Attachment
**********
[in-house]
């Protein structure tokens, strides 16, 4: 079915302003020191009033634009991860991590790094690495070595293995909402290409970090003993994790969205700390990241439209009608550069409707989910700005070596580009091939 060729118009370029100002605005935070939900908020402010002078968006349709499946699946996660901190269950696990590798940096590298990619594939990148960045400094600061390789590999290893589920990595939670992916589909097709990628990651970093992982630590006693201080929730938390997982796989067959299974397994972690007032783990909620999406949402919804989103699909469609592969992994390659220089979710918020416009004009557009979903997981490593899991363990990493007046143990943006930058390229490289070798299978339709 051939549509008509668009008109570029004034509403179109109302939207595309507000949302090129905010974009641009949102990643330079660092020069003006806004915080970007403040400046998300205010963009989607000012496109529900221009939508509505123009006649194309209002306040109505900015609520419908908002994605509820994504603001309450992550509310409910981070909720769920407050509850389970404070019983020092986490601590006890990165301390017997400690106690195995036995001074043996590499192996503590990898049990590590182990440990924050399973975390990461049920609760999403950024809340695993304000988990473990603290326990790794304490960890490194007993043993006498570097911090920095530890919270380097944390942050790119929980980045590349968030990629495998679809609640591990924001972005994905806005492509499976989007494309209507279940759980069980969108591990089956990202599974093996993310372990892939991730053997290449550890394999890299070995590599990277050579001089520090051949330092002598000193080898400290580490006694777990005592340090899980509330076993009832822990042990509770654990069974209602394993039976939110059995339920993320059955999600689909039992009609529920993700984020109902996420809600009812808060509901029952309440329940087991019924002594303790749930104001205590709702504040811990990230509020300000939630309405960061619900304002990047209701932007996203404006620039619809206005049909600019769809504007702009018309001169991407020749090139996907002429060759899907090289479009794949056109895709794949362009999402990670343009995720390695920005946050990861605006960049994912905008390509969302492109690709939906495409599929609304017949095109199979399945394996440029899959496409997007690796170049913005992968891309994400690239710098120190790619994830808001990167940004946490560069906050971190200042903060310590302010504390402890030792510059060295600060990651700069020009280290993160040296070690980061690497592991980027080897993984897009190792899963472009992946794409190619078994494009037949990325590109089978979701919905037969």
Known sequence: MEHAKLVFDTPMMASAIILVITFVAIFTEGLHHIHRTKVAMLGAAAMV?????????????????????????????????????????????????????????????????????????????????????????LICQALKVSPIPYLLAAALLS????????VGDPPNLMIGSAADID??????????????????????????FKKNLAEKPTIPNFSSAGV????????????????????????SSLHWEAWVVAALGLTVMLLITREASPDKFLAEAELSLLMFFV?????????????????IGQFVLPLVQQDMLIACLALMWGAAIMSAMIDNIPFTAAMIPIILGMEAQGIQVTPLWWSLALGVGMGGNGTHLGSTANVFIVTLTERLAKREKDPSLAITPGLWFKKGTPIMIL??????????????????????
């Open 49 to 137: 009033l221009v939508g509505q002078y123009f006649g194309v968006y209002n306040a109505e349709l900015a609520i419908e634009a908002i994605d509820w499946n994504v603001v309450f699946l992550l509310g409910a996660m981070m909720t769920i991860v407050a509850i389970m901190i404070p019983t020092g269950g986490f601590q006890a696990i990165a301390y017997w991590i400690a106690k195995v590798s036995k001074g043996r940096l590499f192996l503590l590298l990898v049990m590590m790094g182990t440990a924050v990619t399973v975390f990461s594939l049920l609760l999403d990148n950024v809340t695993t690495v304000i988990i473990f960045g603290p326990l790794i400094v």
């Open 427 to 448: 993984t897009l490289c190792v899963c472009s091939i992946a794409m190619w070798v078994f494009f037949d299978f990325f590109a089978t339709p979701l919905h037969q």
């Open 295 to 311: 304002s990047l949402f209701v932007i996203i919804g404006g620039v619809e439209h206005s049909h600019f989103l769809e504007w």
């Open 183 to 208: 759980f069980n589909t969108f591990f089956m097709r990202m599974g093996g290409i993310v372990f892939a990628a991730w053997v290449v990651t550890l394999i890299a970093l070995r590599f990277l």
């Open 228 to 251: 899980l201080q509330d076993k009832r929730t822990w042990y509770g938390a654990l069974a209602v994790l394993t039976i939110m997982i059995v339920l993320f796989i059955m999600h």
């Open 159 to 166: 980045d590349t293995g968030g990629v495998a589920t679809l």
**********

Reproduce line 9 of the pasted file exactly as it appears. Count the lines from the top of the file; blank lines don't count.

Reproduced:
């Open 159 to 166: 980045d590349t293995g968030g990629v495998a589920t679809l």